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Comments (1) Posted 10.09.13 | PERMALINK | DOWNLOAD MP3

Insights Per Minute: Series 3

Rob Forbes on Perfection




Rob Forbes’ career includes work in both the Arts and Business fields. Forbes is best known as the Founder of Design Within Reach and for the vision of a business that has grown into the leading retail destination for modern design in the US. In 2007, Rob formally left DWR to launch Studio Forbes, based in San Francisco, to further his interests in design, culture, and commerce. These interests, and his personal passion for bicycles led him to his new venture PUBLIC. PUBLIC launched in May 2010 as a design-based business with a mission to encourage us to think more intelligently and artfully about the way we relate to our cities and communities. With headquarters in San Francisco, PUBLIC has become the leading nationwide direct source for European styled modern city bikes and gear.

Forbes’ academic training includes a BA in Aesthetics from the University of California at Santa Cruz (1974), an MFA from Alfred University (1979) and an MBA from Stanford University (1985). His art career includes ceramics studio work and exhibitions in the US and teaching positions at the Cleveland Institute of Art and the University of the Arts in Philadelphia. His business experience includes work here and abroad in retail management for Williams-Sonoma, London-based Selfridges, The Nature Company, and Smith & Hawken prior to Founding Design Within Reach in 1998 and PUBLIC in 2009.



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Hi Rob, you had me right up to the point where you said baseball was a "painfully boring game." I must say that I feel you do not fully understand the game to utter such folly. While you describe the object of the baseball quite poetically, you appear to miss the dynamics and perfection this hallowed game brings.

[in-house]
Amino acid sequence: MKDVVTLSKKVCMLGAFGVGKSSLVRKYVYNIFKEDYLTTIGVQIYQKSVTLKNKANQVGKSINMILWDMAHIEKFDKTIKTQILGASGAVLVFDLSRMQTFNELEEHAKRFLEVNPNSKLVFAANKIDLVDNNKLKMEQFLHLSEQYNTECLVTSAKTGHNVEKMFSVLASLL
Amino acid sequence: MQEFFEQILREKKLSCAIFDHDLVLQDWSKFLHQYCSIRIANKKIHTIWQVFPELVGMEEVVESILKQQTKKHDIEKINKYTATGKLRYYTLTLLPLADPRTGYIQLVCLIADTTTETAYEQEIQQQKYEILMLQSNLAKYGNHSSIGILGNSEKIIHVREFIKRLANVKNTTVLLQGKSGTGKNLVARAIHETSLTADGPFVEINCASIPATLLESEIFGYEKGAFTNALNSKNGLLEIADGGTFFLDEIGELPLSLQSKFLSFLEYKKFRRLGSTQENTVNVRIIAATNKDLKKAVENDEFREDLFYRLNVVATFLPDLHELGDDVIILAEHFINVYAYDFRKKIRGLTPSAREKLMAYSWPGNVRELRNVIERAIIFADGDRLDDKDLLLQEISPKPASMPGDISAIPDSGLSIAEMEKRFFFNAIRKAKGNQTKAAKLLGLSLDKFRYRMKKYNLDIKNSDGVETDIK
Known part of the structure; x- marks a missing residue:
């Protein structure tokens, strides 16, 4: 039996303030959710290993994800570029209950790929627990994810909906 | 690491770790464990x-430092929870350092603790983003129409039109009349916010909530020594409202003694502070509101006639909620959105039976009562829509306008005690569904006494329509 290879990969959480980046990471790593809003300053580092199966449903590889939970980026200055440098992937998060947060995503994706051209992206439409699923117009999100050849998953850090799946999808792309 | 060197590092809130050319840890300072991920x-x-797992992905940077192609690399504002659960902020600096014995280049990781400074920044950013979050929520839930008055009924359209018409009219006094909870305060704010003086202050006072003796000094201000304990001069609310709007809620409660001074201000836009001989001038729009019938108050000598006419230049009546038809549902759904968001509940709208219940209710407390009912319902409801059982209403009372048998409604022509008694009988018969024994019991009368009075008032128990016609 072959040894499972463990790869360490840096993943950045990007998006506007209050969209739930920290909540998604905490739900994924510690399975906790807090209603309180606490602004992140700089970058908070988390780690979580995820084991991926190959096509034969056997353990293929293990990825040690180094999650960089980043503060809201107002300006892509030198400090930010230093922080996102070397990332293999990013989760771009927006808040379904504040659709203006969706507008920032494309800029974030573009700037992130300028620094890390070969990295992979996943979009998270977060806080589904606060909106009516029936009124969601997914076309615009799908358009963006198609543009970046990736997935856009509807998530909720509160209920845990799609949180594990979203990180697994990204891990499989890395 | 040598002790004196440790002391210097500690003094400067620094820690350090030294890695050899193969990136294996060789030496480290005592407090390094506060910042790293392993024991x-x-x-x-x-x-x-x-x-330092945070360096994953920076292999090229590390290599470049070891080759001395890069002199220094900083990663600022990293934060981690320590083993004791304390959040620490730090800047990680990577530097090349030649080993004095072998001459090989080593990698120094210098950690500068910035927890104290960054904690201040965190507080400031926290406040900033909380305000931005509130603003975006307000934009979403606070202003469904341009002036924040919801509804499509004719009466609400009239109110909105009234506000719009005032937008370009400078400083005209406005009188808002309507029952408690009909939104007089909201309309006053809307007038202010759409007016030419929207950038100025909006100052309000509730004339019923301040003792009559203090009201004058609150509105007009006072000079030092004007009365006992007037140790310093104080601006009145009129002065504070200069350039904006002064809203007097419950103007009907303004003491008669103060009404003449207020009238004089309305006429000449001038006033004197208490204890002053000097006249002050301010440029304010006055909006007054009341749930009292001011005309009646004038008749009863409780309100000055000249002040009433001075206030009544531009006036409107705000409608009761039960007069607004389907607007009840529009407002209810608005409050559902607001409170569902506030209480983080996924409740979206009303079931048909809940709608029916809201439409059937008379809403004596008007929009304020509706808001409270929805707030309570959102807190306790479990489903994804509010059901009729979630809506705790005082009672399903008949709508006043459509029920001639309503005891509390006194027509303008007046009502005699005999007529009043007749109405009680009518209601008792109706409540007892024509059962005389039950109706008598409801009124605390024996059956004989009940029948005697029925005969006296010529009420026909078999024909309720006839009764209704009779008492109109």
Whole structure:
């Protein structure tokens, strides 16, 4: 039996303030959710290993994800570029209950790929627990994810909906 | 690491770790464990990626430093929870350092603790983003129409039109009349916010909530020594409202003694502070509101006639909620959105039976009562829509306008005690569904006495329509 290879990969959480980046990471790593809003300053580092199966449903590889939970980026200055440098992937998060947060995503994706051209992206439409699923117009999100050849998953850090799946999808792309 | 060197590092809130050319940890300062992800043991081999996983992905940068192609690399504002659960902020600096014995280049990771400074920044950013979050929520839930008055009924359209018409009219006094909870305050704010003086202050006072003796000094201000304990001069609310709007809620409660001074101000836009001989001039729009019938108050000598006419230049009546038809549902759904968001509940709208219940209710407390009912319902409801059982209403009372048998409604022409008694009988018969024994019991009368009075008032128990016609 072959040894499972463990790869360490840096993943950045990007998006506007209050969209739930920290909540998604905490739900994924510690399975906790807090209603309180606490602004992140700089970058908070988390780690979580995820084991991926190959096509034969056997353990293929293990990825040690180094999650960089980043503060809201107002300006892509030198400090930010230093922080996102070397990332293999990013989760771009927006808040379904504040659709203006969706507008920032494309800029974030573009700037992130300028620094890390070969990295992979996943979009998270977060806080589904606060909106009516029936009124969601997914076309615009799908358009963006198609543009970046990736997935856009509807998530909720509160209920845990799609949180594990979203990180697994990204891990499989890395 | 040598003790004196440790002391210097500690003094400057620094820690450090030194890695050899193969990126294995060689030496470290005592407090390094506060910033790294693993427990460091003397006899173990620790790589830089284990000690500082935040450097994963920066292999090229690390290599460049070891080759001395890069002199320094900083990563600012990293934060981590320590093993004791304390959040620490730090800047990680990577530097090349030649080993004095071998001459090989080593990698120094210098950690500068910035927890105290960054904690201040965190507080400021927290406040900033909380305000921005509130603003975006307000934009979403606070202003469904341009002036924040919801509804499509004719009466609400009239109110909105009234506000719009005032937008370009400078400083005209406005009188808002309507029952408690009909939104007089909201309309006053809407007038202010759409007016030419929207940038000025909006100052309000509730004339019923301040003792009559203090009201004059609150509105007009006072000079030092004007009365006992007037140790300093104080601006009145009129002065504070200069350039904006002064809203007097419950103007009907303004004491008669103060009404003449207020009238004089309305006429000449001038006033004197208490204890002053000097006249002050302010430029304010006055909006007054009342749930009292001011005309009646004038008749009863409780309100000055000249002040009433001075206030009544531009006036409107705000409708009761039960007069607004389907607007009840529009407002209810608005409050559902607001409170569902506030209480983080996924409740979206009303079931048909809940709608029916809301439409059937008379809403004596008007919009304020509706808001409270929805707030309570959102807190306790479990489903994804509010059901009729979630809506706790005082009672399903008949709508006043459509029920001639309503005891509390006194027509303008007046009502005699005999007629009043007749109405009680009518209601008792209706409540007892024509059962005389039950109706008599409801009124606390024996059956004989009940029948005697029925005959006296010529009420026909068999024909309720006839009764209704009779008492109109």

To begin, the measurements of the infield are as close to perfect as can be drawn. Ninety feet between the bags give even the fastest runner "a maybe" shot at stealing a base. At the same time, the best catcher in baseball has no guarantee that his throw across the mound can travel the 127+ feet in time to tag out that base stealer. It is like God himself drew these plans and distances, and factored in the best human skill and abilities to create this dynamic. It's breathtaking, and unfolds like modern dance.

The distance between the pitching rubber to home plate is 60' 6", the "perfect" distance for even a moderately fast pitch to cross the plate, and if you are in the batter's box this occurs in the blink of an eye. That distance, and your eloquently stated observation on the movement of the baseball, give even the greatest hitters of all time a very good chance to look silly swinging at air—much less make contact with his bat.

To witness a 6-4-3 double play means two runners are thrown out—the first out is at second and the second out at first. The dynamics of that play alone might witness the shortstop (6) dive outstretched to his right while falling down to snag a blazing ground hit, toss it gently (and possibly) backhanded to the second baseman (4) as the runner from first slides into second cleats high, then witness the second baseman fire that ball with pinpoint accuracy to first base (3). Two outs.

To ignore the poetry of an outfielder catch a ball over his head on a dead run towards the wall is anything from boring. And finally, I would compare a bases loaded, 2 out bottom of the 9th inning with the game tied to be one of the most exciting moments in any sport.

We St. Louis Cardinal fans understand the game like few others, and I invite you to watch as we try for our 19th trip to the World Series. Go Cards!
John Foster
10.10.13 at 08:32



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